At this point, Norma packed a bag and left home for the big city – Fargo, North Dakota. There she went to the program director at station WDAY, a man named Ken Kennedy, who immediately took a liking to her and decided to help her. His first suggestion was that she choose a more glamorous name, and his second suggestion was that the name should be Peggy Lee – "because it sounds like such a beautiful blonde name."
Peggy told me most of this story while we sat in her dressing-room between shows at the Paramount, and the rest while I visited her and Dave Barbour and Nicki in the $45-a-day suite where they were stopping – along with Nikki’s nurse, Peggy’s maid, and a pleasant young man named Joe who acts as household steward and general secretary – on the 30th floor of a hotel facing Central Park. As I enjoyed this expensive night-time view of Manhattan Island it occurred to me that my hostess was still just a pretty youngster from Jamestown, North Dakota, and that nothing about Norma Egstrom had really changed except her name. A little girl once dreamed of being a famous singer, and I was simply witnessing a typical American dream come true.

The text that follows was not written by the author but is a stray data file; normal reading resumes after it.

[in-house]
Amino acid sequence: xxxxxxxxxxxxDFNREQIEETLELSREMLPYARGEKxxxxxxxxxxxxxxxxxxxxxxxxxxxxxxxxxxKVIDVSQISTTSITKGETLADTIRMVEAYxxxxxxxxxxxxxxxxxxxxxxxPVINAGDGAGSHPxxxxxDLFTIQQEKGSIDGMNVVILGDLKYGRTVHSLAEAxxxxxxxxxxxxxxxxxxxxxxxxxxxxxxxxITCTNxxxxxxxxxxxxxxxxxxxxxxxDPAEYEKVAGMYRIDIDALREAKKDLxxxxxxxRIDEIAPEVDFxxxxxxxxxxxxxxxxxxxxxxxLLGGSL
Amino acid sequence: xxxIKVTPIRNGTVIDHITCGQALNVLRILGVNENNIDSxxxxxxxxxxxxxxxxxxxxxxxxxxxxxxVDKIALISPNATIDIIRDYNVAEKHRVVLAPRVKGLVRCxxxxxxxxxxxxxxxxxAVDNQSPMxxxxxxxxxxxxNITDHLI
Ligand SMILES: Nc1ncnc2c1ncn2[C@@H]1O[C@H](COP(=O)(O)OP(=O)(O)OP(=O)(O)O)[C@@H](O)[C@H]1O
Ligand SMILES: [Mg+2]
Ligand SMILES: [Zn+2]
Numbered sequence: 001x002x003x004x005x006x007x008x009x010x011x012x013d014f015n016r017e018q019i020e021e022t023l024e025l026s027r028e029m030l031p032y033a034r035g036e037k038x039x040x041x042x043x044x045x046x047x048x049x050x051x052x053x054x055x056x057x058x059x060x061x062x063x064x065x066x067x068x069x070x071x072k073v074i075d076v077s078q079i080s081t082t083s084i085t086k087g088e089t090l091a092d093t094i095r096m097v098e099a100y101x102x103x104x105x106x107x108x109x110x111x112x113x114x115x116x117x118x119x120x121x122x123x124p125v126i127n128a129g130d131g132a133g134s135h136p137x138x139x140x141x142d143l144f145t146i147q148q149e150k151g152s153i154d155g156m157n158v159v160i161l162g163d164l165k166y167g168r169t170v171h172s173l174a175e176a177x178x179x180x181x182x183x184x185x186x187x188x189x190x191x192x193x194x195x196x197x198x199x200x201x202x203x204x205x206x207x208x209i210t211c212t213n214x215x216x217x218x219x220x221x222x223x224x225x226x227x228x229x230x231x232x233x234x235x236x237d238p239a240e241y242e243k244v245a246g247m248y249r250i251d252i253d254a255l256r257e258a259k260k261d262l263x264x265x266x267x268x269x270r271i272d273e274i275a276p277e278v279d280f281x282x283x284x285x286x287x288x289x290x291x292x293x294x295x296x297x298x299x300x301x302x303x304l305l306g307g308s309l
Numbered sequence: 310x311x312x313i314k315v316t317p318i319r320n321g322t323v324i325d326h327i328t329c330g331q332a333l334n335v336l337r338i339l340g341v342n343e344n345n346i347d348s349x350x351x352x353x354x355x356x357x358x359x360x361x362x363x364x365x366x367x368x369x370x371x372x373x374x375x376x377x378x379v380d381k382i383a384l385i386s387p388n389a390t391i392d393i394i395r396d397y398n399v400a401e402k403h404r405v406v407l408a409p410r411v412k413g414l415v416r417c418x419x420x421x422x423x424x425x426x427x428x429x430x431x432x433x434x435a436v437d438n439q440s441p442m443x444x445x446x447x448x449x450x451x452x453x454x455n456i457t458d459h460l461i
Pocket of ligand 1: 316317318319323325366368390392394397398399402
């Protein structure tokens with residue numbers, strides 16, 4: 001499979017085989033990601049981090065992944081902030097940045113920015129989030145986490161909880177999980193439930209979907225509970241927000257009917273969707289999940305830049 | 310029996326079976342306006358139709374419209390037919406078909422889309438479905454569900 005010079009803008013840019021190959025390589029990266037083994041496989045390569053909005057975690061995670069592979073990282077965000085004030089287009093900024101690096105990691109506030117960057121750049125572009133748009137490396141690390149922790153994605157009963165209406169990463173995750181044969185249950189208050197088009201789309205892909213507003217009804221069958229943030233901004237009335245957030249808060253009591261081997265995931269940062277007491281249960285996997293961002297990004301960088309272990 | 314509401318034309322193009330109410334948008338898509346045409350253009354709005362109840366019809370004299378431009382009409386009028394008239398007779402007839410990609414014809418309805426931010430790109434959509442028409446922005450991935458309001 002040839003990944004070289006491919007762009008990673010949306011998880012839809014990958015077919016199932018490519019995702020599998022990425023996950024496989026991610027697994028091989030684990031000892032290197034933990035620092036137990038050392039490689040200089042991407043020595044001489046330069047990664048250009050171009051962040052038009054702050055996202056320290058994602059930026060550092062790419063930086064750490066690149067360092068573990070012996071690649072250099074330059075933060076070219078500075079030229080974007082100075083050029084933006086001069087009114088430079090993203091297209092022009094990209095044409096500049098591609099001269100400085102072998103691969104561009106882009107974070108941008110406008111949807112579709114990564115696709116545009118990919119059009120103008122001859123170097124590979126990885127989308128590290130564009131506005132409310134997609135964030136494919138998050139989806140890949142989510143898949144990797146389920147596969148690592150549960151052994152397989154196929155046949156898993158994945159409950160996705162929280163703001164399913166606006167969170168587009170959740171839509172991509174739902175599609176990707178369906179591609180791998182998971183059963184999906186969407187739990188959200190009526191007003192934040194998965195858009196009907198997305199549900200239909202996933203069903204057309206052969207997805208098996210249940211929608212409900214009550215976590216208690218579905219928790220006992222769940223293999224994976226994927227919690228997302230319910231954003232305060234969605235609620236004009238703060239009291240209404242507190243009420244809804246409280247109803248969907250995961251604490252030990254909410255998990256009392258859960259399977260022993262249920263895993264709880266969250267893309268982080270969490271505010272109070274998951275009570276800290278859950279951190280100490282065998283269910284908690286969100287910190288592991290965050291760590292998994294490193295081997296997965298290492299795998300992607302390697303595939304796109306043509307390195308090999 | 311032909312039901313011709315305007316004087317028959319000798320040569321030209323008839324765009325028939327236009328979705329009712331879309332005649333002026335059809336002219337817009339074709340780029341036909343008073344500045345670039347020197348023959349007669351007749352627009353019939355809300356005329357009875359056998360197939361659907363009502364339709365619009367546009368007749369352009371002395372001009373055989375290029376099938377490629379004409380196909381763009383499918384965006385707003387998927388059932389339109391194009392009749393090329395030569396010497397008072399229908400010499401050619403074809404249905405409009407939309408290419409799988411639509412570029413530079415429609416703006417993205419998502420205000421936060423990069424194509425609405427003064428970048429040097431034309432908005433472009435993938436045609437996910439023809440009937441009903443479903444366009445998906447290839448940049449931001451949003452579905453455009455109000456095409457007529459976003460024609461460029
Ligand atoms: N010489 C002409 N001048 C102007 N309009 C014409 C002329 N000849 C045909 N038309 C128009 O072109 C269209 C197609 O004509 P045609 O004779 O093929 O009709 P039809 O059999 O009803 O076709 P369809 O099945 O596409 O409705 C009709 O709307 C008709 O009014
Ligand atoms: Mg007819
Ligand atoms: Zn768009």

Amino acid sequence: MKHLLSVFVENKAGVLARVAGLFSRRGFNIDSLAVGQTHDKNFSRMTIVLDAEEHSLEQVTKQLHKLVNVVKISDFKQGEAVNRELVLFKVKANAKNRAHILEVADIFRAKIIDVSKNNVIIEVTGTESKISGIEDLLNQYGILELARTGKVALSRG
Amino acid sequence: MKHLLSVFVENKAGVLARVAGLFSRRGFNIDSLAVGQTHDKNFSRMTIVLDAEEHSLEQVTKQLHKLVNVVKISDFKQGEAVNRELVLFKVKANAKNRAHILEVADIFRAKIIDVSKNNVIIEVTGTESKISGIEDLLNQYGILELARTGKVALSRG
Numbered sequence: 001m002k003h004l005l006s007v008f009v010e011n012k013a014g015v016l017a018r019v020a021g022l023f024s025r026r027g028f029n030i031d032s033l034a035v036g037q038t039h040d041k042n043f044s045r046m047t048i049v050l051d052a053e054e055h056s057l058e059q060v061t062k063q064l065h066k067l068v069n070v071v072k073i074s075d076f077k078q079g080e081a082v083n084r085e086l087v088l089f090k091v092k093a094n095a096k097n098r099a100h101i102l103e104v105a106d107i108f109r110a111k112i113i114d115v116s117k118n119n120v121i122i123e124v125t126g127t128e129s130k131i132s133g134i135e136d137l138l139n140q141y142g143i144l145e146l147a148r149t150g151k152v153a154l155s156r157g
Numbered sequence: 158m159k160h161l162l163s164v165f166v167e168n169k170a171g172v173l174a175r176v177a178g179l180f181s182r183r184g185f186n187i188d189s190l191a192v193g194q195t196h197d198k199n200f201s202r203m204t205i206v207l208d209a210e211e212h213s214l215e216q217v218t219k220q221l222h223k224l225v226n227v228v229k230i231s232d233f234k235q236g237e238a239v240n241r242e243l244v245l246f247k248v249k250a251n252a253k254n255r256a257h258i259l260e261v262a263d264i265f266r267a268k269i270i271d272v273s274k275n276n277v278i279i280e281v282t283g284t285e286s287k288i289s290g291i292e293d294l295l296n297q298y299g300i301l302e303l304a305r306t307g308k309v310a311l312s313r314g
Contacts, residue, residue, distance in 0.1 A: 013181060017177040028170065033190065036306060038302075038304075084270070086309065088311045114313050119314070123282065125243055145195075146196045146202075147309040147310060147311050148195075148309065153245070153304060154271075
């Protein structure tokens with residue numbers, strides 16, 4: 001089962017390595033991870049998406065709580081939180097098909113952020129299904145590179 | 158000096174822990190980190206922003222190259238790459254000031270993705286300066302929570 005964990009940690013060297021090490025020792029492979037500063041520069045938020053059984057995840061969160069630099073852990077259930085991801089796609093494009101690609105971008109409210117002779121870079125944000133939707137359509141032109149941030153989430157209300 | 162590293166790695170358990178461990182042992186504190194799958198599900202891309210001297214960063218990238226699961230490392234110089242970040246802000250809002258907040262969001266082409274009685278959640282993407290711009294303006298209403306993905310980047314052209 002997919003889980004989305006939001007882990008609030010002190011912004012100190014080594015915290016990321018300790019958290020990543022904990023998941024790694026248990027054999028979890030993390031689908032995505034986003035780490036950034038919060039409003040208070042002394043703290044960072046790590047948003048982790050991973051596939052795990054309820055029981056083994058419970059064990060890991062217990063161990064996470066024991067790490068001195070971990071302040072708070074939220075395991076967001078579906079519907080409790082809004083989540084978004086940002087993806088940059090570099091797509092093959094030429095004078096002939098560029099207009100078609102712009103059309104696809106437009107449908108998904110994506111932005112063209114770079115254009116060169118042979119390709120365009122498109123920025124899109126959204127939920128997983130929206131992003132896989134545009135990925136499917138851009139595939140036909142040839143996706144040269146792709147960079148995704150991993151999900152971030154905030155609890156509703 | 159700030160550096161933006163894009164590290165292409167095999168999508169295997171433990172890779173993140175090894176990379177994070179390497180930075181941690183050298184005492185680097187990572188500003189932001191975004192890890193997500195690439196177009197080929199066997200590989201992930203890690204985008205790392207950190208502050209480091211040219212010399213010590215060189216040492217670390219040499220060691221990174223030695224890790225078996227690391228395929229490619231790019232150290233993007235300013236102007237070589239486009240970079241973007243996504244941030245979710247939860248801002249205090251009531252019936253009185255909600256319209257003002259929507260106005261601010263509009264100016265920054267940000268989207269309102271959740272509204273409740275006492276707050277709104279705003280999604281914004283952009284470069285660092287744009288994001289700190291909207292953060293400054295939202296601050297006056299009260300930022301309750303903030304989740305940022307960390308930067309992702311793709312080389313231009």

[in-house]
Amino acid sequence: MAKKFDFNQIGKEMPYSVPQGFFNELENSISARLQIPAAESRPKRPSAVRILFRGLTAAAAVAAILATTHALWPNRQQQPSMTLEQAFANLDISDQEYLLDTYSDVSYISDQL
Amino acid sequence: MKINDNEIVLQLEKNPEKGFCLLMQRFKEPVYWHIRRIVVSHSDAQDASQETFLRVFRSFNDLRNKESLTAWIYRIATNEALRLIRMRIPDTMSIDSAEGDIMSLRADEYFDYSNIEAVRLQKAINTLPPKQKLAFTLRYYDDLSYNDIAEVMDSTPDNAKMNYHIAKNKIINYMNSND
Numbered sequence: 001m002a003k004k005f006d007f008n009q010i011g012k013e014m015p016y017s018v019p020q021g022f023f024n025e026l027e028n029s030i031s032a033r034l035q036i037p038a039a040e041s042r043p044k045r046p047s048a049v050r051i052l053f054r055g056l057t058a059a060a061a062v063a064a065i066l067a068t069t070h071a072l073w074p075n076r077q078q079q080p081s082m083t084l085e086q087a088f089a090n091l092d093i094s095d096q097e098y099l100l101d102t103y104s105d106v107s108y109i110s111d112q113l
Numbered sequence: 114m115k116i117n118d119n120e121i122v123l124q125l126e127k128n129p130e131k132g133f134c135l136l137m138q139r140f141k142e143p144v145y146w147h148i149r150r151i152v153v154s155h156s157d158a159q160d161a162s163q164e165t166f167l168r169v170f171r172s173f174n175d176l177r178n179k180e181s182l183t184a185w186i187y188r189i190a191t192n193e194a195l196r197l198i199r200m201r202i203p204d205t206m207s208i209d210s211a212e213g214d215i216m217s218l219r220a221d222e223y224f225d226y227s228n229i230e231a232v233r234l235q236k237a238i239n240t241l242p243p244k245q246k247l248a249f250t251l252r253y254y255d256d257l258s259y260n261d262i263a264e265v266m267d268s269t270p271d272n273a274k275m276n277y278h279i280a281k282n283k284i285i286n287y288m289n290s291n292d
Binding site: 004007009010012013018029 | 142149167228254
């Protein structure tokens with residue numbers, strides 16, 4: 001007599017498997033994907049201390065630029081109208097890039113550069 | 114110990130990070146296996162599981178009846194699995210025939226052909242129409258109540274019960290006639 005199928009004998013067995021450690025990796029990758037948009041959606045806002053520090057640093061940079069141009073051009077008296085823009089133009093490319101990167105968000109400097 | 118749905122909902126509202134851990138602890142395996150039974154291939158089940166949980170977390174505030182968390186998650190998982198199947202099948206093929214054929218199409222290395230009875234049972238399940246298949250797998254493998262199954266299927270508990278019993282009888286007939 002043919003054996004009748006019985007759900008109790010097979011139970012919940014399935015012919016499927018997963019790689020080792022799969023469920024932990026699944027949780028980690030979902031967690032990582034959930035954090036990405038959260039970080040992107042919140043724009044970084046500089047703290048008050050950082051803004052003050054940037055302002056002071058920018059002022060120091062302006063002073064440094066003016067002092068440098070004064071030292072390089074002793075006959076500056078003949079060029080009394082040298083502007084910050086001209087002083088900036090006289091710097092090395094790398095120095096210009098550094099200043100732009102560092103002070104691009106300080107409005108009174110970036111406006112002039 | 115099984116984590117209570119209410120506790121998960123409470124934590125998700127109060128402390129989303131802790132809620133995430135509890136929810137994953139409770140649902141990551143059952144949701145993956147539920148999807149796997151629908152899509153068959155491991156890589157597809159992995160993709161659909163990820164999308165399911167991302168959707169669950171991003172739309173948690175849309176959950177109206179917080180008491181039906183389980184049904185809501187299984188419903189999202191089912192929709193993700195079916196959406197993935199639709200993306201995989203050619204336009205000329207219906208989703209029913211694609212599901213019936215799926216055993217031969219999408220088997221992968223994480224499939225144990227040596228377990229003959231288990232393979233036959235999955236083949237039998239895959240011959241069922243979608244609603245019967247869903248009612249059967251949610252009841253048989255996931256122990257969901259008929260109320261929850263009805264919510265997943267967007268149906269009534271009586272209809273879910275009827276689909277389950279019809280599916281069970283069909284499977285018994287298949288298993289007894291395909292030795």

Peggy herself believes that it never could have come true except for a score of friendly people who gave her a helping hand along the way. Mr. Kennedy, the radio station program director at Fargo, was one of the first, and he added his new discovery to a quartet of musicians and introduced the combination to his audiences as "Four Jacks and a Queen." He put Peggy on a weekly barn-dance program called the Hayloft Jamboree, and sent her on tours with this group wearing a farmer’s straw hat and cute
Just about the time she was getting used to her glamorous new name, and was beginning to feel almost like a professional singer, Peggy’s career was interrupted by a serious illness. She refuses to talk about it now because it’s all over, and she can’t bear to be pitied by anyone. She does like to mention, however, that as usual when she was in trouble, someone was there to help.
Her family doctor discovered that she was suffering a throat tumor which would require an operation. He took her to a specialist in Grand Forks, North Dakota, and after a series of near-fatal complications she finally pulled through. "Some people think doctors are cold-blooded, Peggy told me. "When I recovered, the two happiest people in the world were my doctors. They said that seeing me well again was the only reward they wanted, and neither of them would take any money."